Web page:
The famous Maracana stadium in Rio de Janeiro will host soccer matches at the 2016 Olympic Games. Picture: Yazeed Kamaldien

Rio de Janeiro - From the glorious Maracana stadium to a sewage-filled bay, a huge variety of settings will greet athletes and sports fans at the Rio Olympics next month.

This is the first time a South American city has hosted the Summer Games, and the challenge has been made all the harder for Brazil since the economy skidded into deep recession.

The good news is that all stadiums and arenas have been declared complete, barring the odd cosmetic tweak. The main concern is whether a revamped transport network will be ready for the August 5 opening ceremony.

Brazil's most iconic city has been split into four hubs for the Games.

The main complex is the Olympic Park in the well-off western Barra da Tijuca area, which notably will have the tennis, most swimming, gymnastics, judo and wrestling events.

Deodoro, a modest neighbourhood in the northwest of Rio that doesn't usually see many tourists, will host competitions including equestrian events, field hockey, rugby sevens and canoeing.

Neighbourhoods at or near the famous Copacabana beach in southern Rio will host sailing, rowing, long-distance swimming events and beach volleyball.

Some of the most glamorous events - the opening and closing ceremonies and athletics competitions - will take place in two northern football stadiums: the beloved Maracana and the Joao Havelange stadium, now renamed the Olympic Stadium.

The football tournament will be spread around the country at former 2014 World Cup sites, before final rounds play out in Rio at the Maracana and Olympic stadiums.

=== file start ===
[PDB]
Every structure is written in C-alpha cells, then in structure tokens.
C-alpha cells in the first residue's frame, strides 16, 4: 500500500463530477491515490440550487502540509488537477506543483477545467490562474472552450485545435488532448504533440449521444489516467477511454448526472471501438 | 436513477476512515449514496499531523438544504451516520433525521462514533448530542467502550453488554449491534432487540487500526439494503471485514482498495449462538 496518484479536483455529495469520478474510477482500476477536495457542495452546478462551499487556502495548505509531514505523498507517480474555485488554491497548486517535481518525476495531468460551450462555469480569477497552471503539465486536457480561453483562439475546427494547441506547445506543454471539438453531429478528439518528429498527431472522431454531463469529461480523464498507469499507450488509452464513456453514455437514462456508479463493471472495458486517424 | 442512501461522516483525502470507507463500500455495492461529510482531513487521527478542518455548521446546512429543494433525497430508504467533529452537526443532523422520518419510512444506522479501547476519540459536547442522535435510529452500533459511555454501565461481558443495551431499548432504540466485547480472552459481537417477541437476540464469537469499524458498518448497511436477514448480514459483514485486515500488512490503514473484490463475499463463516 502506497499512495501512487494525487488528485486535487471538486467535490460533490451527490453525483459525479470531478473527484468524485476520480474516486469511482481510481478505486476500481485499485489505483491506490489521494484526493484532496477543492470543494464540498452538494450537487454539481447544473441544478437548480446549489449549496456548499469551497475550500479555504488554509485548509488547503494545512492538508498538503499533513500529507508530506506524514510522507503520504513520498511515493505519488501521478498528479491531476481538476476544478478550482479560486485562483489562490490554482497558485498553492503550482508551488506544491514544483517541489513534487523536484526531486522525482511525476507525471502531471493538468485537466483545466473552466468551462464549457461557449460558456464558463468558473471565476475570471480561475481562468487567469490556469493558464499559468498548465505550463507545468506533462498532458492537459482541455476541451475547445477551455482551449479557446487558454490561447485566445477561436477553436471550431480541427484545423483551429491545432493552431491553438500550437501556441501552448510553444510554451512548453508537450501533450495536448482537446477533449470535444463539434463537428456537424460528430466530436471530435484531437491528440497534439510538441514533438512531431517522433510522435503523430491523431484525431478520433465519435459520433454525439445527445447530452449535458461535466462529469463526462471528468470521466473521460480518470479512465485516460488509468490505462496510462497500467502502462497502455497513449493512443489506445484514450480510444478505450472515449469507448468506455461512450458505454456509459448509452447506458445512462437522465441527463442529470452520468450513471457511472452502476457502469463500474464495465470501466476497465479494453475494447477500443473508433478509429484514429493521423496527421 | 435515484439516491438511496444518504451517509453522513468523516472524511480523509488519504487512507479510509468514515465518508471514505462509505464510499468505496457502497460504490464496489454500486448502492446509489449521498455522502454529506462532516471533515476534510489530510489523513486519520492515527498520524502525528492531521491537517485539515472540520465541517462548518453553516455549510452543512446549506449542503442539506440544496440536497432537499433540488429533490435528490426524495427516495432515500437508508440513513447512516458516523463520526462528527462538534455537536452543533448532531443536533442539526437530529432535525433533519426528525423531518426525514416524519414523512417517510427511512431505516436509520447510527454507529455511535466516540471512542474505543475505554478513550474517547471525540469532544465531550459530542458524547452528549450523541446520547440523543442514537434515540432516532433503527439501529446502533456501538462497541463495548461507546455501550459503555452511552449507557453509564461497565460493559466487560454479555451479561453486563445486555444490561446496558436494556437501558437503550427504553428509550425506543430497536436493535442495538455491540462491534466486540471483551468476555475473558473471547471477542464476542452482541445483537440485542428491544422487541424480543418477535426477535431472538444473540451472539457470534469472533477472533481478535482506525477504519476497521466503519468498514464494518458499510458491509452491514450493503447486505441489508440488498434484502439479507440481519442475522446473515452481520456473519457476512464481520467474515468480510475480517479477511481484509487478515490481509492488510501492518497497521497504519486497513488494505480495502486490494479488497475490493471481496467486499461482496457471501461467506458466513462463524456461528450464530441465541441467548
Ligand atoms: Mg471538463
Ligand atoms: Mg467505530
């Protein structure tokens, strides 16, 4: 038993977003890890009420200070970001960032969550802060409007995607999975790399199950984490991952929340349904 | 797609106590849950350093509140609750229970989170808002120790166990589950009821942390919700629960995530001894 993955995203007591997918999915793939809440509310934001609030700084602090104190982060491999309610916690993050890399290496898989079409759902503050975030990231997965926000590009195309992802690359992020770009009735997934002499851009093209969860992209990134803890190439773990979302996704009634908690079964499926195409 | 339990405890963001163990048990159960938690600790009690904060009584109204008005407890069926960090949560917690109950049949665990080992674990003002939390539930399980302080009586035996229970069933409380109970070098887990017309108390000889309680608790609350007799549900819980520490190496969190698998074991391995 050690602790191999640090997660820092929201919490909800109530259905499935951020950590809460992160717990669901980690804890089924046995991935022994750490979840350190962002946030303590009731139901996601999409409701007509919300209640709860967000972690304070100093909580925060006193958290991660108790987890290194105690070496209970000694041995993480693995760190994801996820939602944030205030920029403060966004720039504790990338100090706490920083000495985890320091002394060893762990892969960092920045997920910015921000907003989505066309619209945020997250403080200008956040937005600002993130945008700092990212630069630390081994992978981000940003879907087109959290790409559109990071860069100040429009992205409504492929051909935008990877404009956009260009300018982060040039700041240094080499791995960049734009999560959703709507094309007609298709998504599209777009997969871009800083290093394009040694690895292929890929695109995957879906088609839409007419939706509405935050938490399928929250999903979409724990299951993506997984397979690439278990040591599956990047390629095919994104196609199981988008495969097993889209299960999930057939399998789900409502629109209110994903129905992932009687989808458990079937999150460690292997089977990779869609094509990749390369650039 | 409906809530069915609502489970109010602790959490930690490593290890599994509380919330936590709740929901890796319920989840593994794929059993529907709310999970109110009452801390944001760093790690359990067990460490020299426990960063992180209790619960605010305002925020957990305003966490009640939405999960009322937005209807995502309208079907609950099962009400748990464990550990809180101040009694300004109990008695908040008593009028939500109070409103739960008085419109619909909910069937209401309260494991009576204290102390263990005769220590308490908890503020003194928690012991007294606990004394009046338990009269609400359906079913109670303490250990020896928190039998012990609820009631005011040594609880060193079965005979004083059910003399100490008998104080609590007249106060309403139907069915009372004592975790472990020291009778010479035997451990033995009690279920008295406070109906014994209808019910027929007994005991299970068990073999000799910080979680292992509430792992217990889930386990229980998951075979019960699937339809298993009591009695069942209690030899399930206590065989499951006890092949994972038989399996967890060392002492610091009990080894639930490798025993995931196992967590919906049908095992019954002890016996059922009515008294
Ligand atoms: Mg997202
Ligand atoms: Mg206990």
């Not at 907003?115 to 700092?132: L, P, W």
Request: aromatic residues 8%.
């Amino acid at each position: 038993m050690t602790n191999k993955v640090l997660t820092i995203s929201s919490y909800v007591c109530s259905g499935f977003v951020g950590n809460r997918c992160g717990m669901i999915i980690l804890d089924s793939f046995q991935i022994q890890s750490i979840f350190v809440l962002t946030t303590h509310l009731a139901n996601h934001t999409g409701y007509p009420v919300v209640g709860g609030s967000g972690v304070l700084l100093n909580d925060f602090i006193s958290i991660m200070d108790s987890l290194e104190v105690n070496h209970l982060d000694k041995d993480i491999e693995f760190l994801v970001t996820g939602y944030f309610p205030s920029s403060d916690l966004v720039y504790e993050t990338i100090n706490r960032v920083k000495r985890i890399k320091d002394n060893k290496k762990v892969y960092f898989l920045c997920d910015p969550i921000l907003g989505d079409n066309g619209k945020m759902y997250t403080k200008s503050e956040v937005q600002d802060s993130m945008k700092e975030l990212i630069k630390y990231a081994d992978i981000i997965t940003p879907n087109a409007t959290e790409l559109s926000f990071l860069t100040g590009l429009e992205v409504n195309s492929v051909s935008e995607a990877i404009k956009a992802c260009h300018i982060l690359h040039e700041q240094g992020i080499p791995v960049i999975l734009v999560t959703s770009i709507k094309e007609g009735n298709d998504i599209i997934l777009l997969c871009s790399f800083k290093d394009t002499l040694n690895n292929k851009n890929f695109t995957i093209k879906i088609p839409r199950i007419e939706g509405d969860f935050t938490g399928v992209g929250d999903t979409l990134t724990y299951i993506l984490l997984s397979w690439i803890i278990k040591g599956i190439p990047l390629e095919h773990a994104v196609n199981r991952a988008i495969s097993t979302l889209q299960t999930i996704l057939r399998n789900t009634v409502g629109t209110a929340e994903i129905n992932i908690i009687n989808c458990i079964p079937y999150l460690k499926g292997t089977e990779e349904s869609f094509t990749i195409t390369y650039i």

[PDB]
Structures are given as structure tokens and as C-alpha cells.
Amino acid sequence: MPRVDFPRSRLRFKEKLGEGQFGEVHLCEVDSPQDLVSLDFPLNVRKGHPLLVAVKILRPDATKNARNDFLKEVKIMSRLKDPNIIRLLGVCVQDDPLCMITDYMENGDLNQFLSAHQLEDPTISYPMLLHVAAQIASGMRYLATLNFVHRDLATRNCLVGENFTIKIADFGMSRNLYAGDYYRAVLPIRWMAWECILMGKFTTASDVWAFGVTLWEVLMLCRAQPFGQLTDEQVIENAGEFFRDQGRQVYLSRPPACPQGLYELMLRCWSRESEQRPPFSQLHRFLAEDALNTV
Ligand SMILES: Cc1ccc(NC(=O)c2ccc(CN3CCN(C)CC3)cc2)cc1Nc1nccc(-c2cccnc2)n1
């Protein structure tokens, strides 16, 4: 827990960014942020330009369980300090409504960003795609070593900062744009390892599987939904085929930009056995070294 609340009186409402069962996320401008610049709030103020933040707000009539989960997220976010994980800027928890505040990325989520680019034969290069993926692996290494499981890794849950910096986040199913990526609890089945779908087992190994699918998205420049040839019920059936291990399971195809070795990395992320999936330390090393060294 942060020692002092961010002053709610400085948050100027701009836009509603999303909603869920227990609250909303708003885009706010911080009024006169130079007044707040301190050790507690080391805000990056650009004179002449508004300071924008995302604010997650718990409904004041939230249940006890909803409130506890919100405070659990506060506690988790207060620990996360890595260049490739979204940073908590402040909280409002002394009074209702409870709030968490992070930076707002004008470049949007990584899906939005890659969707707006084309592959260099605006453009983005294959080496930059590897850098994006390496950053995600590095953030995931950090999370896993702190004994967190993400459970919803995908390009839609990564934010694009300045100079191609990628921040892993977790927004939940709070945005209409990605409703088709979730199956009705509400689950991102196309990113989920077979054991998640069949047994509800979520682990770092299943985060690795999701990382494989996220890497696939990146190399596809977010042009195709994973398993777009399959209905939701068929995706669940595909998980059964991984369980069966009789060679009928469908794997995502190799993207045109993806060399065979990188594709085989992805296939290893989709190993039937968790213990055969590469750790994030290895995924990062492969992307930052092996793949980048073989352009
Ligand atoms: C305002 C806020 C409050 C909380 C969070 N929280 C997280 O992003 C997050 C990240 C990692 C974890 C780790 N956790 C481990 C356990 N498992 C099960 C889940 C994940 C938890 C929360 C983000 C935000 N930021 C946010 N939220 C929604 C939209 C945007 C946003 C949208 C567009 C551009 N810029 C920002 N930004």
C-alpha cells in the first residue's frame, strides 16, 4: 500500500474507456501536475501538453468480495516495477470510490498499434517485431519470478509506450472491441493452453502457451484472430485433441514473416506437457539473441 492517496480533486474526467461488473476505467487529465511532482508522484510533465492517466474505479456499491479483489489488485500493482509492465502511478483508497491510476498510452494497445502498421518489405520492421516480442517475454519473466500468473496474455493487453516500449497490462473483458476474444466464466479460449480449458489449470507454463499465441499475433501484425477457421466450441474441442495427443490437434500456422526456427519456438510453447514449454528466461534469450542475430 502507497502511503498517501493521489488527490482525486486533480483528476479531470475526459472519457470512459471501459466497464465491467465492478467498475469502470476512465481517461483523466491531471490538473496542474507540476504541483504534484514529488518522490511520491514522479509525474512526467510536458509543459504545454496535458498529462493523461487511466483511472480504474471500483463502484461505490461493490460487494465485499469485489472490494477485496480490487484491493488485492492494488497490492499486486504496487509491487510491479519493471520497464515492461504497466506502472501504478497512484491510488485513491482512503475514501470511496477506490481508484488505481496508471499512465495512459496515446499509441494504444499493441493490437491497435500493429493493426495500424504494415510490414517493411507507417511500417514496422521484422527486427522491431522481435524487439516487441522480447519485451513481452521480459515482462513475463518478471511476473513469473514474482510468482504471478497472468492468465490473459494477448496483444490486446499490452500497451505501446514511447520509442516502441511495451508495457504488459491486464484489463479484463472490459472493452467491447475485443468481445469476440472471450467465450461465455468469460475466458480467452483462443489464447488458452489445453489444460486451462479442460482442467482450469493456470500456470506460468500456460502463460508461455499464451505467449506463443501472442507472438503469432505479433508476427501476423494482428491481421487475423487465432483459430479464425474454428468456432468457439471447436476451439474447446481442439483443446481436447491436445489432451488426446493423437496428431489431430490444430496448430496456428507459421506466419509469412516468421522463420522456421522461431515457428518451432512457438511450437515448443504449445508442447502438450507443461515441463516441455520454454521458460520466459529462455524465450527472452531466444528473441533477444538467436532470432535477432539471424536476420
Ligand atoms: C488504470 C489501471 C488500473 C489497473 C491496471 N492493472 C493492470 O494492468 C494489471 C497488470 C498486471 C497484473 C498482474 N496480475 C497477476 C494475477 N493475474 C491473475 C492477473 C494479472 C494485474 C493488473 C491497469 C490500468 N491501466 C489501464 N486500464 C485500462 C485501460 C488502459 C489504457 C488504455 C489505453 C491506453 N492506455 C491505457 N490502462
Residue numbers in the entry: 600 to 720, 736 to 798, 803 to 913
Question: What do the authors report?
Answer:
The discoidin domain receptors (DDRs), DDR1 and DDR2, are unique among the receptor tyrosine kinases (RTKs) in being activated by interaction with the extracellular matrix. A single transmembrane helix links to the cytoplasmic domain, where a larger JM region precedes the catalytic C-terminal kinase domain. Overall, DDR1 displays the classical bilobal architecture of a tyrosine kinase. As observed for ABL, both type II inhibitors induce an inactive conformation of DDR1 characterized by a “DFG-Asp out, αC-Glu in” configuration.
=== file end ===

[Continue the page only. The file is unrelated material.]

Sailing and windsurfing will be based at Marina da Gloria, near Copacabana, with the courses out in Guanabara Bay. Aquatic marathon and triathlon swimming will take place off Copacabana beach.

But decades of pollution have put the beautiful Guanabara Bay in danger of ecological ruin and there are fears for the health of athletes.

Authorities had promised a huge cleanup, with reform of the city's sanitation system so that at least 80 percent of sewage reaching the sea would be treated. That goal was abandoned and ecologists say that currently no more than 50 percent of sewage is treated.

Guanabara Bay also sees vast amounts of floating garbage, such as plastic bags and bottles. Trash-collecting boats will encircle the sailing courses to try to prevent anything getting in the way of the speeding boats.

Reports of oil spills, a drug-resistant superbug, and even a human arm reportedly found floating in Guanabara in February have added to worries. But on television at least, the sailing events will be among the most photogenic of the Games.

Rio de Janeiro is a sprawling place divided by steep hills, favelas and traffic-clogged roads, so transport can be challenging.

Organizers hope to have solved that problem with a new metro line and an express bus system called the BRT that they say will zip between the four sporting hubs.

But the city is on tenterhooks over whether the metro extension - the biggest infrastructure project in the city - will be ready. It's only due to open four days before the opening ceremony, which is practically last-minute in terms of a such a vast undertaking.

Even if it does open, use will be restricted to people with Olympic event tickets. The general population will only be able to use the new metro after the Games.